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From: Steve Ramage
Subject: CVS and NFS
Date: Fri, 9 Mar 2007 14:57:29 -0800

The long question:
I was investigating the best Windows CVS client for us to use, and noticed that every client seemed to have a problem dealing with Network Drives. Upon further investigation I noticed that there have been alot of reports about CVS and NFS in general not being safe however the main threads dedicated to discussing this issue seem to be unable to say what exactly is wrong, and what the actual level of risk is []. They also were dated in 2004 and so I wasn't sure if it was topical or not.
So just to be clear our current setup is this:
Dev-Box-A -----
               |----(/home NFS mount)----                       
Dev-Box-B -----|                         |---NAS Device.
               |----(/cvsroot NFS mount)-
Dev-Box-C -----
So all boxes have two NFS mounts, that mount to different shares on the NAS devise. On each Dev Box we basically check out from cvsroot and check into a folder in our home directory. It seems that the /cvsroot mount is hard mounted? Where as the /home mount is soft mounted? Both seem to have interrupt enabled, and both seem to be using TCP and NFS version 3.All three boxes, are Solaris (9 and 10) and we have one sparc and two intel. Its possible that any developer could be using any box to develop and commit to any project, concurrently.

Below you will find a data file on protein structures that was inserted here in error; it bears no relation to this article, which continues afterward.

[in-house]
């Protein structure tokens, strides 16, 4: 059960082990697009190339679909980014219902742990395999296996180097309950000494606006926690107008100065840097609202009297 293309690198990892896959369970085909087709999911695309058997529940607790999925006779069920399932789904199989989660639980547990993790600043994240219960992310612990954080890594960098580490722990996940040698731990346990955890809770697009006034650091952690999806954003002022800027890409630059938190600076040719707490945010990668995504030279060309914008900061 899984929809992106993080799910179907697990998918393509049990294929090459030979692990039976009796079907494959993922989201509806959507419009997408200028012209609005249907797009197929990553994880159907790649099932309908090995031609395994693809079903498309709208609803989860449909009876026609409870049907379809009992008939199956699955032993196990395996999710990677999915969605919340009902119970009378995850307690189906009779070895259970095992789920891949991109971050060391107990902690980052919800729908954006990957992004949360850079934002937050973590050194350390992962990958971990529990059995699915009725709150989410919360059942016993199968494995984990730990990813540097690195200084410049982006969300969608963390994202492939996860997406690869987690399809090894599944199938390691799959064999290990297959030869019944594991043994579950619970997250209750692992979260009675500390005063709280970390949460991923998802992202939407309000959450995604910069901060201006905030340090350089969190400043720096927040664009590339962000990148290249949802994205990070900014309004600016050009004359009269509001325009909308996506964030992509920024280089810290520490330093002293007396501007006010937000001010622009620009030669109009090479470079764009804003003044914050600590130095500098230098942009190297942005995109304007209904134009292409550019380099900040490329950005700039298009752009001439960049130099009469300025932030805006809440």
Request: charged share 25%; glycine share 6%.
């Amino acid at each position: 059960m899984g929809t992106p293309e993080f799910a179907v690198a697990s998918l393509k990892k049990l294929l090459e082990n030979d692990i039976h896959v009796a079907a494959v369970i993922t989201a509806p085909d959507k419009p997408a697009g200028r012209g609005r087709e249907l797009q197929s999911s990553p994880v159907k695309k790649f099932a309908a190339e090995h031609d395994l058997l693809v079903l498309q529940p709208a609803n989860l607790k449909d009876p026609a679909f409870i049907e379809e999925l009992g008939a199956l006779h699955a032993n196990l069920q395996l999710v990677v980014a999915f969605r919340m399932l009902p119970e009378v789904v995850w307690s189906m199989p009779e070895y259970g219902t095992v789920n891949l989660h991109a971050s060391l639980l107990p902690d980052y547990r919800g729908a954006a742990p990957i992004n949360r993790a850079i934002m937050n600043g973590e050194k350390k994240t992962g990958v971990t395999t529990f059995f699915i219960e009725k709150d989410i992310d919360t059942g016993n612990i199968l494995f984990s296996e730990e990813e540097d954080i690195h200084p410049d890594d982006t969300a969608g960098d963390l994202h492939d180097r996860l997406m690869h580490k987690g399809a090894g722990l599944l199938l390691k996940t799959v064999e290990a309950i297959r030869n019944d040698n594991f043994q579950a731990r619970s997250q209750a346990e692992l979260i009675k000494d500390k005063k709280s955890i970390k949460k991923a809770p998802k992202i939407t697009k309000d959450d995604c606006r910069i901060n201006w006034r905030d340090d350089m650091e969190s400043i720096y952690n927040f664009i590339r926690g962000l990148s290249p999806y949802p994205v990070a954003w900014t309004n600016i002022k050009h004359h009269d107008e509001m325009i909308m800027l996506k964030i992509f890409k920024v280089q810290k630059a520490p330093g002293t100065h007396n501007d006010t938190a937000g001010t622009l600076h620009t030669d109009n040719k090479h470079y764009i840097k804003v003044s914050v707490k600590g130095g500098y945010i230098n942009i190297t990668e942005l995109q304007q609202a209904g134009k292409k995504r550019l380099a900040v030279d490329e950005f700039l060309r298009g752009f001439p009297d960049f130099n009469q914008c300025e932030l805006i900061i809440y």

What is the risk of corruption to the repository, and or local working copy in the above setup? Some postings have suggested that NFS3 with hard mounting, and interrupts enabled should be fine. Others suggest that at any time the repository may be corrupted and we wouldn't notice. Should we try to move both the repository and the development enviroment away from remote file systems? Is there only a risk to the repository, and not to the local copies since they will never be touched concurrently on two machines at the same time?
The short question:
I guess the short question to this post is the discussion in still mostly relevant to modern day NFS implementations and NAS storage devices, and do we risk NFS corruption.
Steve Ramage

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